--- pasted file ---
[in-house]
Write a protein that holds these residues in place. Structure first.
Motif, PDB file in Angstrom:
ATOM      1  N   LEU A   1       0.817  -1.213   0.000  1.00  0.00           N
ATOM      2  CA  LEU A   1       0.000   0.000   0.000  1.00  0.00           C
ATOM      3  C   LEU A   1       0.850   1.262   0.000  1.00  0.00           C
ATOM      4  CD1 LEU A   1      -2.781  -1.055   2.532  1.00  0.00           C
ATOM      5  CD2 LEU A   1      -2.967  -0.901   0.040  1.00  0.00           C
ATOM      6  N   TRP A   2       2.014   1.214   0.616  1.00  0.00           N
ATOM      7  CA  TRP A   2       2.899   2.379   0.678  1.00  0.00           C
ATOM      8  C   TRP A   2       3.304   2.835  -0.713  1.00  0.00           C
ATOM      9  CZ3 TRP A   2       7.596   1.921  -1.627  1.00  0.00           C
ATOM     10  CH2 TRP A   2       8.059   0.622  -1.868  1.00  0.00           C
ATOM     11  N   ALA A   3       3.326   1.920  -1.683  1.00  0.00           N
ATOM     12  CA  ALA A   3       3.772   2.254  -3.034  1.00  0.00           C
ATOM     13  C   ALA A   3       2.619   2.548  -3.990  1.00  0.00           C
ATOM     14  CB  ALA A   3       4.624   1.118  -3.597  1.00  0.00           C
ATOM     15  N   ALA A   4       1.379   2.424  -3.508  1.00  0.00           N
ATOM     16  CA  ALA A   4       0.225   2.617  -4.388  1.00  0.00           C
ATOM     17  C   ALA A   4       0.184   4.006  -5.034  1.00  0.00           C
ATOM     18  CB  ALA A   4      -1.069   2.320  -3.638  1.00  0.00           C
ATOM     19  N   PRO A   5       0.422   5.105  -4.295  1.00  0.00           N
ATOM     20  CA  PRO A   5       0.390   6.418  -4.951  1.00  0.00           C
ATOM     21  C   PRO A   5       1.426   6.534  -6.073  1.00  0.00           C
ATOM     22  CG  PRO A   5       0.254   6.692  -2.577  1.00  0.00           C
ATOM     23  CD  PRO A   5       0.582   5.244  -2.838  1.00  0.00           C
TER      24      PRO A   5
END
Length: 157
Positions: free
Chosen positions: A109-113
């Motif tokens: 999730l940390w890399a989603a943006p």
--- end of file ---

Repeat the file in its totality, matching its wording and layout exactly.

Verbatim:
[in-house]
Write a protein that holds these residues in place. Structure first.
Motif, PDB file in Angstrom:
ATOM      1  N   LEU A   1       0.817  -1.213   0.000  1.00  0.00           N
ATOM      2  CA  LEU A   1       0.000   0.000   0.000  1.00  0.00           C
ATOM      3  C   LEU A   1       0.850   1.262   0.000  1.00  0.00           C
ATOM      4  CD1 LEU A   1      -2.781  -1.055   2.532  1.00  0.00           C
ATOM      5  CD2 LEU A   1      -2.967  -0.901   0.040  1.00  0.00           C
ATOM      6  N   TRP A   2       2.014   1.214   0.616  1.00  0.00           N
ATOM      7  CA  TRP A   2       2.899   2.379   0.678  1.00  0.00           C
ATOM      8  C   TRP A   2       3.304   2.835  -0.713  1.00  0.00           C
ATOM      9  CZ3 TRP A   2       7.596   1.921  -1.627  1.00  0.00           C
ATOM     10  CH2 TRP A   2       8.059   0.622  -1.868  1.00  0.00           C
ATOM     11  N   ALA A   3       3.326   1.920  -1.683  1.00  0.00           N
ATOM     12  CA  ALA A   3       3.772   2.254  -3.034  1.00  0.00           C
ATOM     13  C   ALA A   3       2.619   2.548  -3.990  1.00  0.00           C
ATOM     14  CB  ALA A   3       4.624   1.118  -3.597  1.00  0.00           C
ATOM     15  N   ALA A   4       1.379   2.424  -3.508  1.00  0.00           N
ATOM     16  CA  ALA A   4       0.225   2.617  -4.388  1.00  0.00           C
ATOM     17  C   ALA A   4       0.184   4.006  -5.034  1.00  0.00           C
ATOM     18  CB  ALA A   4      -1.069   2.320  -3.638  1.00  0.00           C
ATOM     19  N   PRO A   5       0.422   5.105  -4.295  1.00  0.00           N
ATOM     20  CA  PRO A   5       0.390   6.418  -4.951  1.00  0.00           C
ATOM     21  C   PRO A   5       1.426   6.534  -6.073  1.00  0.00           C
ATOM     22  CG  PRO A   5       0.254   6.692  -2.577  1.00  0.00           C
ATOM     23  CD  PRO A   5       0.582   5.244  -2.838  1.00  0.00           C
TER      24      PRO A   5
END
Length: 157
Positions: free
Chosen positions: A109-113
């Motif tokens: 999730l940390w890399a989603a943006p």